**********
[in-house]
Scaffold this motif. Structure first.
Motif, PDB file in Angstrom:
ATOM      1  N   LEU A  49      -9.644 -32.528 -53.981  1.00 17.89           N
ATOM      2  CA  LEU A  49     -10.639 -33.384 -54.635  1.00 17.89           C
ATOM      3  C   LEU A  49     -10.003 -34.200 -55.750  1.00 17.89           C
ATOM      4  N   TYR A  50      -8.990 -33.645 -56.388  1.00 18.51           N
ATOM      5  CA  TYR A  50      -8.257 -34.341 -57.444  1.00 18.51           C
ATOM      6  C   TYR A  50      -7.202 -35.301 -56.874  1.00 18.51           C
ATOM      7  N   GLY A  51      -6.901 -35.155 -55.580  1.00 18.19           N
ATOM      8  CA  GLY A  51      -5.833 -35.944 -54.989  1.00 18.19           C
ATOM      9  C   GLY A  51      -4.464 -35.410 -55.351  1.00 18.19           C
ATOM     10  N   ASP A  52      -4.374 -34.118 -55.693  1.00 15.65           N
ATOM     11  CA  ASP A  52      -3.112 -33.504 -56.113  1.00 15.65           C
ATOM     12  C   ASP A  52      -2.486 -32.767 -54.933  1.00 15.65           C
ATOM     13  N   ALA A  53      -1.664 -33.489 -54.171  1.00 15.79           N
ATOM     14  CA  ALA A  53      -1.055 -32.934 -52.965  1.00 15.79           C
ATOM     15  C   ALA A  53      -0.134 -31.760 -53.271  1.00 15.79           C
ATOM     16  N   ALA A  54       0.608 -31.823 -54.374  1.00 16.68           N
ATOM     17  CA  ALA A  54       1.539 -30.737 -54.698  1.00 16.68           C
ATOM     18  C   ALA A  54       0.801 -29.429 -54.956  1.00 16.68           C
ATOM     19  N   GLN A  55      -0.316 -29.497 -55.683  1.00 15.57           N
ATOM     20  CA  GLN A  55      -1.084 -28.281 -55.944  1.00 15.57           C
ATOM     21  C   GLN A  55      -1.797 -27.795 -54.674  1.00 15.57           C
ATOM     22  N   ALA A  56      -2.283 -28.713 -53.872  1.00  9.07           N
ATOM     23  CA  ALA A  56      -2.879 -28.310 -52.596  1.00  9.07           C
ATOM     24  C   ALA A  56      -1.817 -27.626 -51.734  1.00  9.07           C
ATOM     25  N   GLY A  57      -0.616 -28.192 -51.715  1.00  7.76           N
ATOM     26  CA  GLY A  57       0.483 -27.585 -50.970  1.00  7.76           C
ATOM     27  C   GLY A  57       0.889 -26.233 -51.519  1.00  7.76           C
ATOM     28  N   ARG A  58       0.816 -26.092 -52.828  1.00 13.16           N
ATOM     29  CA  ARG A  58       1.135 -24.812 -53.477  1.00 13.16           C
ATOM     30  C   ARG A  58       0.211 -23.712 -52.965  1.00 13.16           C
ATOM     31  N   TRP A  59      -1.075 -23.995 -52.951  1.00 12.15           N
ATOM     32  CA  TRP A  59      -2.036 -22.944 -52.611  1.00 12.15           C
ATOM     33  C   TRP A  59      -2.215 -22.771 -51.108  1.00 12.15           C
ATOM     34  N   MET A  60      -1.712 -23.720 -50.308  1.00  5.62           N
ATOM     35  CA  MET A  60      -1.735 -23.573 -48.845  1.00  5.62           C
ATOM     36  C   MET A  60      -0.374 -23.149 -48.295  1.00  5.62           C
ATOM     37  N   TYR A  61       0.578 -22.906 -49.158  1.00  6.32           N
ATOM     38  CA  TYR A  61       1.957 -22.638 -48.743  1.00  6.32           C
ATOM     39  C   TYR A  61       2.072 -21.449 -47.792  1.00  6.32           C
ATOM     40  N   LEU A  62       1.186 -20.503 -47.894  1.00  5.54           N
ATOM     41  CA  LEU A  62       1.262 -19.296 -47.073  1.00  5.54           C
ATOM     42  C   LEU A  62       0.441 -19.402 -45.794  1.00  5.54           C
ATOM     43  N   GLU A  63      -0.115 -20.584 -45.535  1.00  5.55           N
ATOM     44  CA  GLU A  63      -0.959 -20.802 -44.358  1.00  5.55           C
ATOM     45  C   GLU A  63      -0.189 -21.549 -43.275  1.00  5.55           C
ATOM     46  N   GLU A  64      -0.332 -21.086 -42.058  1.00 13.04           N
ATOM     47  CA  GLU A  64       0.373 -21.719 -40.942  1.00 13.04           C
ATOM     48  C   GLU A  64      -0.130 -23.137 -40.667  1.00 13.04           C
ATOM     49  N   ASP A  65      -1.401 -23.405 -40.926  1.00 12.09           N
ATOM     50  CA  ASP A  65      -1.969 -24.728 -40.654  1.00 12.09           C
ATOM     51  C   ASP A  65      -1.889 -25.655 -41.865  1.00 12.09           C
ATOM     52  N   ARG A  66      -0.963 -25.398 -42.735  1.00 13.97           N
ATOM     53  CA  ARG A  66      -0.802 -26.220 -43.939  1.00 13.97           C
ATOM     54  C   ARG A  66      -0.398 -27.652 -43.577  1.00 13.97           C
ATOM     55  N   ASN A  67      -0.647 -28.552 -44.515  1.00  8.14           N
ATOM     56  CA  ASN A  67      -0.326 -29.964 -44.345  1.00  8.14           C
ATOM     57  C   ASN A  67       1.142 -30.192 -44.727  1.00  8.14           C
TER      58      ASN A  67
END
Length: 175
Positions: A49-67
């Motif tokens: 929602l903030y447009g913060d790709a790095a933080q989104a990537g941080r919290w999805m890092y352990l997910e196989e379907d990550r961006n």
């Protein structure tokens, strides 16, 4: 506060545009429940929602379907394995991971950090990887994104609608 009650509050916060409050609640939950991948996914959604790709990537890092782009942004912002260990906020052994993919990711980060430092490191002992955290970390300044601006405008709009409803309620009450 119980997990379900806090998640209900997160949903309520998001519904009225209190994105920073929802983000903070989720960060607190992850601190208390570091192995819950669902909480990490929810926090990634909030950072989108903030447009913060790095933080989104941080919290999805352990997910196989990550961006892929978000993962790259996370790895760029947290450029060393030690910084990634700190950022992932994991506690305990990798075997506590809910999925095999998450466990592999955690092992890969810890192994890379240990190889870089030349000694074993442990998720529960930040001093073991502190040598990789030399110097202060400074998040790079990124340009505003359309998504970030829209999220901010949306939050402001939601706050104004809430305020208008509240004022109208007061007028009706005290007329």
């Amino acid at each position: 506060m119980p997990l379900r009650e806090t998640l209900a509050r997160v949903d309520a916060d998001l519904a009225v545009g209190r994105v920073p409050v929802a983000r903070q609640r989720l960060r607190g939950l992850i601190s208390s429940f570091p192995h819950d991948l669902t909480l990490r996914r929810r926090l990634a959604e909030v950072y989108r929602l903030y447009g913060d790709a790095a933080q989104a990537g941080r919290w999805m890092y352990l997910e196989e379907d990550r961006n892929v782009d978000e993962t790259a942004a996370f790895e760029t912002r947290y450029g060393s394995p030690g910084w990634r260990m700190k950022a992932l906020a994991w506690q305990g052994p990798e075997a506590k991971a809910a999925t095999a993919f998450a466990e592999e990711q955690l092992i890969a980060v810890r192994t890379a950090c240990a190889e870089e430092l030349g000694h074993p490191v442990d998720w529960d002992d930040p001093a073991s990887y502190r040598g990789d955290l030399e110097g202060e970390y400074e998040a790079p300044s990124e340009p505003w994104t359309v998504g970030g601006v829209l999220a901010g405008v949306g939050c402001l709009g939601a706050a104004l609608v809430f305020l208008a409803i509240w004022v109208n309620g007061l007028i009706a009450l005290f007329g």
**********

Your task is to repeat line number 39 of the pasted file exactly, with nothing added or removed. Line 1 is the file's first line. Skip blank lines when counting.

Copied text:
ATOM     36  C   MET A  60      -0.374 -23.149 -48.295  1.00  5.62           C